The interest rate is the annual cost of borrowing. Each billing cycle, your interest rate (divided by 12 months) is multiplied by your outstanding principal balance to determine the portion of your monthly payment allocated to interest (vs. principal).

Below is a breakdown of a 30-year mortgage with a 3% fixed interest rate. Since the outstanding principal balance is naturally largest at the beginning of the debt repayment period, more than half of the loan’s total interest is paid within the first third of its lifespan. Notice that the principal portion of the fixed payment does not exceed the interest portion until the beginning of year 8, and the total payments made are more than 50% higher than the original mortgage amount. With a 15-year mortgage, the principal portion exceeds the interest portion every month.

Explanation of Amount Due - Payment Breakdown

As previously mentioned, each monthly mortgage payment covers a portion of the loan’s principal and interest accrued since last month’s statement. Principal is the portion of your payment that reduces the outstanding loan balance as you move closer to the maturity date.

You may also make payments into an escrow account, which is essentially a forced savings account that allows your mortgage lender to disburse property tax payments and home-related insurance premiums on your behalf.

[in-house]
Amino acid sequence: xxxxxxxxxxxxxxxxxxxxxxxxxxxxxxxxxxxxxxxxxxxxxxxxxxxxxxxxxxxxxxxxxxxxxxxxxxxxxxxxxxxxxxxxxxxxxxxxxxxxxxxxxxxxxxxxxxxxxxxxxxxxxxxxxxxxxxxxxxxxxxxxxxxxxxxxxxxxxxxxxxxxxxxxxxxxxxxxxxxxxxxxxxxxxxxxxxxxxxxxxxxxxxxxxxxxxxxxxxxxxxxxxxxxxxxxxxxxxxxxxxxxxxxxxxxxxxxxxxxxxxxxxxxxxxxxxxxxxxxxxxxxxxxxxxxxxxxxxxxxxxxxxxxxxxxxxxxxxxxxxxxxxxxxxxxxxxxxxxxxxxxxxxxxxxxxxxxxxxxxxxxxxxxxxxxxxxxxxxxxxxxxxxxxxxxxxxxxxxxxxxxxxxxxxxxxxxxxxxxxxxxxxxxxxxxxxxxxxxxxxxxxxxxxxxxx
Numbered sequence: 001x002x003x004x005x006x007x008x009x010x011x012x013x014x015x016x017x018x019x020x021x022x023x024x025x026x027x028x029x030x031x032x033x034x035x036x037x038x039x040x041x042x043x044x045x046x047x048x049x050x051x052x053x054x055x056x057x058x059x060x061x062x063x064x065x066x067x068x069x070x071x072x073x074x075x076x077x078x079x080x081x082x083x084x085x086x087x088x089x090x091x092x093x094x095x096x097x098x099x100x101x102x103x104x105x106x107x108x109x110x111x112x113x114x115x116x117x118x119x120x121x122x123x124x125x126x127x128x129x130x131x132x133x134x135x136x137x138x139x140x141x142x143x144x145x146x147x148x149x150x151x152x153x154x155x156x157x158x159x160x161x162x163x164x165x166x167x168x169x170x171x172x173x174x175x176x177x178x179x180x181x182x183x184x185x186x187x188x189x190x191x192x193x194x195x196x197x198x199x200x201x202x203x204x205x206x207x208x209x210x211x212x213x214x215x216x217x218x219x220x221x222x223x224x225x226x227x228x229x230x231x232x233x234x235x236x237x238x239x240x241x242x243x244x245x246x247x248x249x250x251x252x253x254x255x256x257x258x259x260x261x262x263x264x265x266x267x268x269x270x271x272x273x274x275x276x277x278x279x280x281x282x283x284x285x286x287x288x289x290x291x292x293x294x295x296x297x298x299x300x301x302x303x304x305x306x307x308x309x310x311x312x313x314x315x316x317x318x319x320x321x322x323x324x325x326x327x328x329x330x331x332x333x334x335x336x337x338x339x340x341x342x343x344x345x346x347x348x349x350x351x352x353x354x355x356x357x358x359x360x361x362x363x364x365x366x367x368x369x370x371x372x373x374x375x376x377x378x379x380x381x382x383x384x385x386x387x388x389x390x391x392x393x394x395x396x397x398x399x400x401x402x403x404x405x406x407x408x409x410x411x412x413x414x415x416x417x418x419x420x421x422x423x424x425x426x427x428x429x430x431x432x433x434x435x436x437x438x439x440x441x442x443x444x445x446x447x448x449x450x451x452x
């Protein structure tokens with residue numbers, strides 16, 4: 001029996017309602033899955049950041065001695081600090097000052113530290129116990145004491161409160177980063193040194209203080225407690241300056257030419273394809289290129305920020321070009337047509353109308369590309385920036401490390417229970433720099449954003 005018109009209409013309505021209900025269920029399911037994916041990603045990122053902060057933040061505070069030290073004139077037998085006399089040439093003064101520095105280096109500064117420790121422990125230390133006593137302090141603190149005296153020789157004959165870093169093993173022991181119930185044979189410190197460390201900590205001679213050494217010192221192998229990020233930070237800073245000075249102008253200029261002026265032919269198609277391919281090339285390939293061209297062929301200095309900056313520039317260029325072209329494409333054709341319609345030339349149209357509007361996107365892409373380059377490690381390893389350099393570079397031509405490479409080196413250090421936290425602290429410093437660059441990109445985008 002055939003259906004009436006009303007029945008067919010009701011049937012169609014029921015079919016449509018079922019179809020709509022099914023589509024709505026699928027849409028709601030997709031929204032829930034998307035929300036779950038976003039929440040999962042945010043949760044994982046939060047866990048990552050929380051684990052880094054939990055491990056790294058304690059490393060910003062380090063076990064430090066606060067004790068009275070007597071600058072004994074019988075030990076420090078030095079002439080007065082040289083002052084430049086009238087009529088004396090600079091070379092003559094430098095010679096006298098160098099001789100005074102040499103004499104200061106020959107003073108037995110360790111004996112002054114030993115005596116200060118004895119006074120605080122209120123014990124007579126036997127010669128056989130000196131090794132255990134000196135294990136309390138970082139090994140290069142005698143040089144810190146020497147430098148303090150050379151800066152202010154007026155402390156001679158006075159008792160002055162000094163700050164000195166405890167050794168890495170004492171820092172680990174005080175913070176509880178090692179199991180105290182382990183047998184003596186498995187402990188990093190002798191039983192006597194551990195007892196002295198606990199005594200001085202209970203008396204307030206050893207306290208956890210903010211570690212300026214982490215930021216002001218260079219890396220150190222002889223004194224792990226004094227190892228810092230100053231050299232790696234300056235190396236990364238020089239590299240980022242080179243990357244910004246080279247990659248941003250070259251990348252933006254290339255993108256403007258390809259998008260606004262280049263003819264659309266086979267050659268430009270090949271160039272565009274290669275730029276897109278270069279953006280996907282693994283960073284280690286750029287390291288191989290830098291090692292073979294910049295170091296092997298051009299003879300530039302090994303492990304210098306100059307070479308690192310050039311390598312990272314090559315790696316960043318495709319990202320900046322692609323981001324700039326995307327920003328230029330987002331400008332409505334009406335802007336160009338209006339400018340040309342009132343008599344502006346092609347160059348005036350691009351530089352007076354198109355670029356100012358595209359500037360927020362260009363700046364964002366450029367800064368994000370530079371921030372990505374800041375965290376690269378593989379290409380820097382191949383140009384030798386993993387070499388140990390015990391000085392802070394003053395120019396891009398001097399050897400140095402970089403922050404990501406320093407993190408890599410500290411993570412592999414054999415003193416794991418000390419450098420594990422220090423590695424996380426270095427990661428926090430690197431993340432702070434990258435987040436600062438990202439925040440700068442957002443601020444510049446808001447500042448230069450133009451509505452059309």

Combining the monthly payment amounts: Principal (P), Interest (I), Taxes (T), and Insurance (I), multiplying by 12 months per year, then dividing by gross household income, we can calculate a well-established housing debt-to-income ratio. An industry benchmark states that the annual PITI payments should not exceed 28% of gross income. Applying this ratio to our mortgage statement template, PITI is $3,631.33 per month = $43,575.96 per year. Therefore, this household’s annual gross income should stay above $155,628 to remain within the 28% threshold.

Adding all other annual debt payments, such as auto and student loans, you can also determine your total debt-to-income ratio. This amount should stay within 36% of gross income to meet the industry’s standard for reasonable debt.

PITI ≤ 28% of Gross Income

PITI + Other Debt Payments ≤ 36% of Gross Income